Too many of us do it: berate and belittle ourselves until what’s left is simply defeat. Eradicating negative self-talk (from I’m fat to I’m not loveable, from I’m incompetent to I’m stupid) is some of the most important work we can do because it gets us out of our own way and allows us to move from paraylsis to action in our lifes. Several of the first 15 days in Beautiful You guide the reader in identifying and eradicating their negative self-talk. Today, I wanted to share with you why it matters and some steps on how to do it.
The reality is that we manifest what we think. For example, if we think we can never be successful, then we’re not going to become succesful, so it is particularly important that we be extra mindful of what we say to ourselves. Criticizing ourselves is really disempowering so getting a handle on our negative self-talk is the first step to empowering ourselves to realize our full potential.
These negative loops can become so common that we don’t even recognize that they are playing in our head. The negativity just becomes the soundtrack to our life. So, the first thing you have to do is catch yourself in the act. Raise your level of awareness so that you are tuned in to the racket in your head. Now, you have choices as to how you can respond.
Name it. By this, I mean, literally give that voice in your head a name. You might call it Sally or Edna or Agnes. And when she pipes up next time, put her in her place. Because here is the deal, very rarely is that voice in our head REALLY our voice. It’s our 3rd grade teacher, an old boyfriend, a snippy classmate. It’s rarely our criticism that is playing in our head. When we say “Stop it, Agnes,” we accomplish three things. We stop the negative talk before it goes too far (although any negative self-talk is too far, we remind ourselves that it is not our voice or values speaking, it is someone else’s judgment that we are giving too much room in our thoughts, and we remind ourselves, “I can take care of myself.”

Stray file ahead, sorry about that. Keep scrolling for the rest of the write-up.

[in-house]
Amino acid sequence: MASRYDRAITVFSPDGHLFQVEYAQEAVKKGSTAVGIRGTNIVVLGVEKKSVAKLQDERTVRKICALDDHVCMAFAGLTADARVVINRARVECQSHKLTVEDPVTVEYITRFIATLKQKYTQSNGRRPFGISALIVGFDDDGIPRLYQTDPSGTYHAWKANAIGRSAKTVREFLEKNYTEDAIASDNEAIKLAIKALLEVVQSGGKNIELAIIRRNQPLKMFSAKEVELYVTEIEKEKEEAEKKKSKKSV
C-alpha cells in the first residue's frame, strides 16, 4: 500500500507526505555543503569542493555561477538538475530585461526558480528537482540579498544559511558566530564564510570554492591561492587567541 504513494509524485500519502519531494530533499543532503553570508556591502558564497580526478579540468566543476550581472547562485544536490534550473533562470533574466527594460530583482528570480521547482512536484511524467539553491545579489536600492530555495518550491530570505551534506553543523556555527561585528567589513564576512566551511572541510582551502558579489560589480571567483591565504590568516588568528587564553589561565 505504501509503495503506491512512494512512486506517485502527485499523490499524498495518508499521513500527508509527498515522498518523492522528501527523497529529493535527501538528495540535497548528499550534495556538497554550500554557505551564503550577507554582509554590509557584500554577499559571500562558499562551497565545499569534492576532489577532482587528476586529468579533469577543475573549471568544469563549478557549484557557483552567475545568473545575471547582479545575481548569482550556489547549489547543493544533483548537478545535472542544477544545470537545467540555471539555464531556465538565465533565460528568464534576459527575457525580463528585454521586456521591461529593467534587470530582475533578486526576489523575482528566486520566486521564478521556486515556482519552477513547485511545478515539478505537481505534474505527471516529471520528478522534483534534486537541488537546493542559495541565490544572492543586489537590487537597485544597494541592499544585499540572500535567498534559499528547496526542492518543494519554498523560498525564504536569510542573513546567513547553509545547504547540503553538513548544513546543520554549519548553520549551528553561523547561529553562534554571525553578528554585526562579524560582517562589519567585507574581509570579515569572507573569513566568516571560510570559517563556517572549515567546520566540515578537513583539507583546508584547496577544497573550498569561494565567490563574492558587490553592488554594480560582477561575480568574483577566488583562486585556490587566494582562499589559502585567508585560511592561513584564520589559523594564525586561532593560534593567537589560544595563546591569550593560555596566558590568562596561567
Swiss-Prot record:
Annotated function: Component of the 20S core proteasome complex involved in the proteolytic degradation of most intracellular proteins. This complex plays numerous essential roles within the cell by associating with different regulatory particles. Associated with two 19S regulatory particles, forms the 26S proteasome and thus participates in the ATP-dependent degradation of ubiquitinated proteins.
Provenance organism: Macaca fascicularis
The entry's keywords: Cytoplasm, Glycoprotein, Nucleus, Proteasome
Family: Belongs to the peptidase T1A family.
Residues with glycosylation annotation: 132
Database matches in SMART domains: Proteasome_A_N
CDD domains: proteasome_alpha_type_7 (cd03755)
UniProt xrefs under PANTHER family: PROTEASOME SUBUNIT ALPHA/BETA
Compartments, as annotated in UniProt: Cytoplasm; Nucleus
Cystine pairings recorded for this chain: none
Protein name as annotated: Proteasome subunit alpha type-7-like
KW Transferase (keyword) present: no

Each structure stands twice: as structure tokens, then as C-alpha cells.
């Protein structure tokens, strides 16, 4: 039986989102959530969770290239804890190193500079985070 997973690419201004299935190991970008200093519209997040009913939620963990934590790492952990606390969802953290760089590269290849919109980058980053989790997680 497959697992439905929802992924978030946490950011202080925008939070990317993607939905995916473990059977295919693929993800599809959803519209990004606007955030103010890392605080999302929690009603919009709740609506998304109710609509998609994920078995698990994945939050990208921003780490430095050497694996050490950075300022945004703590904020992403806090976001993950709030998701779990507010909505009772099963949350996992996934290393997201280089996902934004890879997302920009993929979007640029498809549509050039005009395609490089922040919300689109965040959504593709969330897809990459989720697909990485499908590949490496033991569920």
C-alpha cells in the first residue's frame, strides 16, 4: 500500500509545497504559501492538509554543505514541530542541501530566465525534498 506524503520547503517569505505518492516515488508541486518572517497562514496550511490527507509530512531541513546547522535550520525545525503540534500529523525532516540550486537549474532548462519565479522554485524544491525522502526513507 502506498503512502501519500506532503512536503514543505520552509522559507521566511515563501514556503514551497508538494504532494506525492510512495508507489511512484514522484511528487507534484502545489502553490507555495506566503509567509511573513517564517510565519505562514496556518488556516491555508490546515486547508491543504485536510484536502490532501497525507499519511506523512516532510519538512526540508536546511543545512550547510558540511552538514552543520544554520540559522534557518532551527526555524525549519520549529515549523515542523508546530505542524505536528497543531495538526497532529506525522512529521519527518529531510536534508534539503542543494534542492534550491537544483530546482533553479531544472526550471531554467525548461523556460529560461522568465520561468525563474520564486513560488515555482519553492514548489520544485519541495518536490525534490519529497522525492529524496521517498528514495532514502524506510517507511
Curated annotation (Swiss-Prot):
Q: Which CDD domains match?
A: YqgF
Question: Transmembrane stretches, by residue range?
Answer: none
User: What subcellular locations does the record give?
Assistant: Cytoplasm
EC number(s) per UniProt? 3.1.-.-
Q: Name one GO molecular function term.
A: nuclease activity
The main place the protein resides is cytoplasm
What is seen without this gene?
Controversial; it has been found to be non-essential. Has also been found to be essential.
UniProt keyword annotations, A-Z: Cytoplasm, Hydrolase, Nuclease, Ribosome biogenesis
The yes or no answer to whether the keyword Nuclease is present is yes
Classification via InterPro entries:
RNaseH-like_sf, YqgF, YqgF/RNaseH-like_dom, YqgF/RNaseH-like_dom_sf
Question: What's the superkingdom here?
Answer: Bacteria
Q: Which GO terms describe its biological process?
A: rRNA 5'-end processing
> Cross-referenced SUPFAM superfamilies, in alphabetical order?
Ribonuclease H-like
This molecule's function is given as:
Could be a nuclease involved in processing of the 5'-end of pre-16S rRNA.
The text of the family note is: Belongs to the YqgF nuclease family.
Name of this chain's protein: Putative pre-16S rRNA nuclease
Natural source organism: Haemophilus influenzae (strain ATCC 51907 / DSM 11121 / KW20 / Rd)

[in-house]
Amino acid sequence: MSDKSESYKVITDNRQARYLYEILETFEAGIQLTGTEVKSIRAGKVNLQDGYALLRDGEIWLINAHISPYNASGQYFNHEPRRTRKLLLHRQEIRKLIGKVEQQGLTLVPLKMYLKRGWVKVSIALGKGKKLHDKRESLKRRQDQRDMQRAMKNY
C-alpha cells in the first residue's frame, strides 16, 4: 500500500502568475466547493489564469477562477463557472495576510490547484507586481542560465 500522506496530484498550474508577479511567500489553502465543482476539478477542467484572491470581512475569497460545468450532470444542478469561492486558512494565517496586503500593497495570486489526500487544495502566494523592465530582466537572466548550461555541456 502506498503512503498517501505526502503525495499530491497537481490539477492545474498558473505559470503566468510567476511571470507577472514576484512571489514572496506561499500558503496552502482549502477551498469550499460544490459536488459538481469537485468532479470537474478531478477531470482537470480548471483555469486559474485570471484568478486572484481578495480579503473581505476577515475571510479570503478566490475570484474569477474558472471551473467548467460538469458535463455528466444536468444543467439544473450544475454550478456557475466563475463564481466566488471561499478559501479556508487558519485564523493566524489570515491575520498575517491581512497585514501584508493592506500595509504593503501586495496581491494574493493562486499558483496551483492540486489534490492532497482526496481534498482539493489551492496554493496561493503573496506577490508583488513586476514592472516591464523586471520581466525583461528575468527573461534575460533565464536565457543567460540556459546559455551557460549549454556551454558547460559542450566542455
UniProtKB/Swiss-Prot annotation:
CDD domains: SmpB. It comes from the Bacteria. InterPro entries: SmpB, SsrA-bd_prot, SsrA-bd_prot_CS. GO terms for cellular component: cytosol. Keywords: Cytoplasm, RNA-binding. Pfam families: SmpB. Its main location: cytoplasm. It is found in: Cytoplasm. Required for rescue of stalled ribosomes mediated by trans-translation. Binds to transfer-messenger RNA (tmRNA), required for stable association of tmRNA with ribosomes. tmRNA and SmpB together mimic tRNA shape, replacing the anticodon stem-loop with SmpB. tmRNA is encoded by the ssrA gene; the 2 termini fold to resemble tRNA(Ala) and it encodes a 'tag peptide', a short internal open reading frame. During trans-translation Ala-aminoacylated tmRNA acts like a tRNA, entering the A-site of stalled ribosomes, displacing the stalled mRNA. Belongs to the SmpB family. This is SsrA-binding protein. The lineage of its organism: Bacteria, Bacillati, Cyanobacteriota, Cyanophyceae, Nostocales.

Consider it. Sometimes, there is some truth in what we are noticing, but our negative self-talk had taken our language entirely too far and to a defeating place. Instead, we need to shape our self-awareness in a way that we can grow from it. So, yes, maybe I was impatient with my child but does that mean that I am the worst mother in the world? No, it means that I need to find a solution that works better for us in those sorts of moments: maybe it means that I need to go to bed earlier or have a bit more personal time or give us a little more time to get out of the house in the morning. The point of self-awareness is to empower us in our growth, not defeat us into stagnation.
Shift it. It’s also important for us to have a bigger perspective. So let’s take that earlier parenting example. Yes, maybe you were impatient in that one moment with you son but you’ve also done some pretty amazing things as a mother and those things deserve to be claimed. So, when you are wallowing in what you’ve done wrong, shift your attention to the things you’ve done right.
Blow past it. We are simply not meant to be perfect; it would defeat the very purpose of life. Every day is a work in progress, and what we are meant to be doing is learning and refining. Rather than revel in the negativity, revel, instead, in your possibility. Treat yourself compassionately as you learn more about yourself- your challenges and strengths- and remember that you always get to decide how to begin again and that every single moment is a new beginning.